The bottom line is that when using ASR, you need to count on spending some of your own time editing the transcript and be okay with losing some of the detail and meaning to errors made by the program. Think about every misunderstanding you have had speaking with Siri, Alexa or Google Assistant. Now imagine that you don’t have the chance to try again. The technology is good, but it still isn’t seamless.
You will also have to accept no options when it comes to formatting or the level of detail captured — bringing us to the next point about why people use human transcription services even though they are more expensive.
Human Transcription Services Also Deliver Transcription Options
ASR can only deliver a best effort at a verbatim transcription. As we have discussed, an ASR transcript will not fully match a recording, delivering an insufficient outcome when every detail matters. Luckily, every single word is often not that important. The problem with ASR, in that case, is that it delivers too much detail, with the missing sections dictated by the nature of the audio file, not strategic omissions made by a transcriber to improve readability.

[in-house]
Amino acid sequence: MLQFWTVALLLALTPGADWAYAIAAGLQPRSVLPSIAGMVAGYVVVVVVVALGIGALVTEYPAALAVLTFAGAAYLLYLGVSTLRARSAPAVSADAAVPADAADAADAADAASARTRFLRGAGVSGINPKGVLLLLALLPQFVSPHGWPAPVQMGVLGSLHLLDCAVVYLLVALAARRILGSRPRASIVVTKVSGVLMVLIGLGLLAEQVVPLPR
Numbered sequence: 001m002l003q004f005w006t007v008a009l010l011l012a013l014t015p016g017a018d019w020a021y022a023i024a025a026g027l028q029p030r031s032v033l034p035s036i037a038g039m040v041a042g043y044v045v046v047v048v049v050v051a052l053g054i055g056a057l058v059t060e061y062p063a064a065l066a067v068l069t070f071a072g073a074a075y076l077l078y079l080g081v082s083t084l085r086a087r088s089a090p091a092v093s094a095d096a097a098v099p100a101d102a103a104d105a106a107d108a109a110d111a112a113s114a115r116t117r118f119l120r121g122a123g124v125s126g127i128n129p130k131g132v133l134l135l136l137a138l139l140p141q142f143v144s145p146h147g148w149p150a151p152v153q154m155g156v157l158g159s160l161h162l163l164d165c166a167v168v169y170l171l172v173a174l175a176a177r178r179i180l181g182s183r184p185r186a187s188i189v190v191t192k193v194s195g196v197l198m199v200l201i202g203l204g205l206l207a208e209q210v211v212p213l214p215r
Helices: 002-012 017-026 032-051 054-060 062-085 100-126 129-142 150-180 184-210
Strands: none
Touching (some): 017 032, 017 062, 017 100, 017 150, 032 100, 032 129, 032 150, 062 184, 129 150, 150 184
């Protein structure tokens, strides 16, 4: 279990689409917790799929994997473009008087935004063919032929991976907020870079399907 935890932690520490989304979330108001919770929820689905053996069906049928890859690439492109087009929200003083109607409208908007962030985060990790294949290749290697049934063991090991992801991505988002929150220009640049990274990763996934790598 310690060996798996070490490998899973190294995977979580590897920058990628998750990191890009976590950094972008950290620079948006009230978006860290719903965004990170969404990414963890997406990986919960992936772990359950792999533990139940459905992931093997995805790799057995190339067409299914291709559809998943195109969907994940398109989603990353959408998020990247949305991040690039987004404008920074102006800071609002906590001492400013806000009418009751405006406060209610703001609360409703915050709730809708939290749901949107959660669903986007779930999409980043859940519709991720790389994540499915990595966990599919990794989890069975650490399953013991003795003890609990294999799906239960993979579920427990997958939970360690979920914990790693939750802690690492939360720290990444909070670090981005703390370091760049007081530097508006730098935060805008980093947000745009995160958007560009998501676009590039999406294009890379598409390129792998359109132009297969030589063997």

Human transcription services deliver three main ‘levels of detail’ options that allow you to get the best transcript for your transcription needs.
We all pause and stutter while we speak, especially during dictation or meetings when getting the point across. A text that is transcribed verbatim will include each stumble, each cough and each pause on the file. Our brains are good at filtering a lot of this out while listening to someone speak, but it can be very hard to read. Also known as ‘intelligent verbatim’, word for word transcripts edit out those ‘umms’, stutters and repetitions to deliver an edited transcript that still contains all the important details and close to verbatim accuracy in an easier to read format.
Verbatim transcripts from human transcription services deliver what one would hope that ASR transcripts eventually become capable of delivering — every single detail. Human transcriptionists can actually go even further, providing notes on tone, laughter and pauses. When compared to intelligent verbatim, however, this level of detail does often cost more.